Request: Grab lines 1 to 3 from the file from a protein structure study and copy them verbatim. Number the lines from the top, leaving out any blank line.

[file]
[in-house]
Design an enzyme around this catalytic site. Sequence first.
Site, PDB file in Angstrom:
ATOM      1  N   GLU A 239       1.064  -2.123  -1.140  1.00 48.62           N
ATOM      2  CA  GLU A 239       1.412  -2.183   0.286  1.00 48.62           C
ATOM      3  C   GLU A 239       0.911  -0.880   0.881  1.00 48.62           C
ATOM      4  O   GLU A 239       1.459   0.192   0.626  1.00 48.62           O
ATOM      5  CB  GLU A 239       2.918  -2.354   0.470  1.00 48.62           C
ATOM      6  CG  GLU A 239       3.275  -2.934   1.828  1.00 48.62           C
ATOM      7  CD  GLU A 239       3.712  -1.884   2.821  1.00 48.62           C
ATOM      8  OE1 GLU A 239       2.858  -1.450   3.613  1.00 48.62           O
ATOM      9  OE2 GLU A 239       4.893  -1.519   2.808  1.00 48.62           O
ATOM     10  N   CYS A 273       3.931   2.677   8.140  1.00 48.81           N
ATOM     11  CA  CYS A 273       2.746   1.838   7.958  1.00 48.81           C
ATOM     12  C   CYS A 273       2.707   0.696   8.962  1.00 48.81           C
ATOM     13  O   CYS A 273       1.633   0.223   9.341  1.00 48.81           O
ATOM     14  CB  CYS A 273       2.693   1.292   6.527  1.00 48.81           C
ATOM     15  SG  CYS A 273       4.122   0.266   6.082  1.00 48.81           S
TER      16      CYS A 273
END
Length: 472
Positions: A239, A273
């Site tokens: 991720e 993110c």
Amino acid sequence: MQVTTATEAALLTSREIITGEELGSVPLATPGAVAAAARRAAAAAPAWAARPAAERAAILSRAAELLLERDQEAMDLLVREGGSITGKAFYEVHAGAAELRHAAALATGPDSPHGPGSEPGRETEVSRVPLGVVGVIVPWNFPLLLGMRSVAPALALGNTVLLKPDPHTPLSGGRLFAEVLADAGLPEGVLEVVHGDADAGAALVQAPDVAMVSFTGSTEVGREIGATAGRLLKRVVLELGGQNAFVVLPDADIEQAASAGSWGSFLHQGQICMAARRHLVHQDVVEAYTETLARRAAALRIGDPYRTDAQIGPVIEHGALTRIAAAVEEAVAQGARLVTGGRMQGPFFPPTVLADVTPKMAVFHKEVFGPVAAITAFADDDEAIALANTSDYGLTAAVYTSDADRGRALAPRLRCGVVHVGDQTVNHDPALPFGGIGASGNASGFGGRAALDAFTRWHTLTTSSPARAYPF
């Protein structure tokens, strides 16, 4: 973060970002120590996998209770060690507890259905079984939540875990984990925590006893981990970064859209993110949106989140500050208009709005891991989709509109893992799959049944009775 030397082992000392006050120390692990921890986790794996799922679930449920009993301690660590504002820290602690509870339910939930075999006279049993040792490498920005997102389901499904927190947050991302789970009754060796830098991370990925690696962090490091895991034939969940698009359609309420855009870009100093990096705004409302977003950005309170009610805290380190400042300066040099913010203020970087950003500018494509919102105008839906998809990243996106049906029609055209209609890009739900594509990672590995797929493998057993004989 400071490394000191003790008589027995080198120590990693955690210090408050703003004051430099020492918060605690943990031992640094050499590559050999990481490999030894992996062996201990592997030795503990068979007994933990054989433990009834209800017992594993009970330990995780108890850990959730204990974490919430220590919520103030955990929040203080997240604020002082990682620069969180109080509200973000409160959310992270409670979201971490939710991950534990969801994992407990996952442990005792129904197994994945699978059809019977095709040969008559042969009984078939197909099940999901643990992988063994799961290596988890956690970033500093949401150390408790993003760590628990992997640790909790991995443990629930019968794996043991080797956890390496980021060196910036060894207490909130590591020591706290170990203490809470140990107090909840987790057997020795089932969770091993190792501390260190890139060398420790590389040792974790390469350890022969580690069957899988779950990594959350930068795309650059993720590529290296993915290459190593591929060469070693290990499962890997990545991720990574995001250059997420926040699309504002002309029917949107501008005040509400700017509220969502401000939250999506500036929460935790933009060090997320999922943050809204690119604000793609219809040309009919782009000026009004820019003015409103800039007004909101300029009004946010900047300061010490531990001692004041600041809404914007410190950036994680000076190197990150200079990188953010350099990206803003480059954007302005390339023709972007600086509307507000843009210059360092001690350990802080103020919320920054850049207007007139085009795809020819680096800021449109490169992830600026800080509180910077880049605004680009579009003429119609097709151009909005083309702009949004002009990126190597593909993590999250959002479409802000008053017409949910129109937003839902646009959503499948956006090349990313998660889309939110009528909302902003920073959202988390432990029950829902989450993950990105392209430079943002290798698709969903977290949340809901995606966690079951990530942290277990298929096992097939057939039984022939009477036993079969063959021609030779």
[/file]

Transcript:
[in-house]
Design an enzyme around this catalytic site. Sequence first.
Site, PDB file in Angstrom: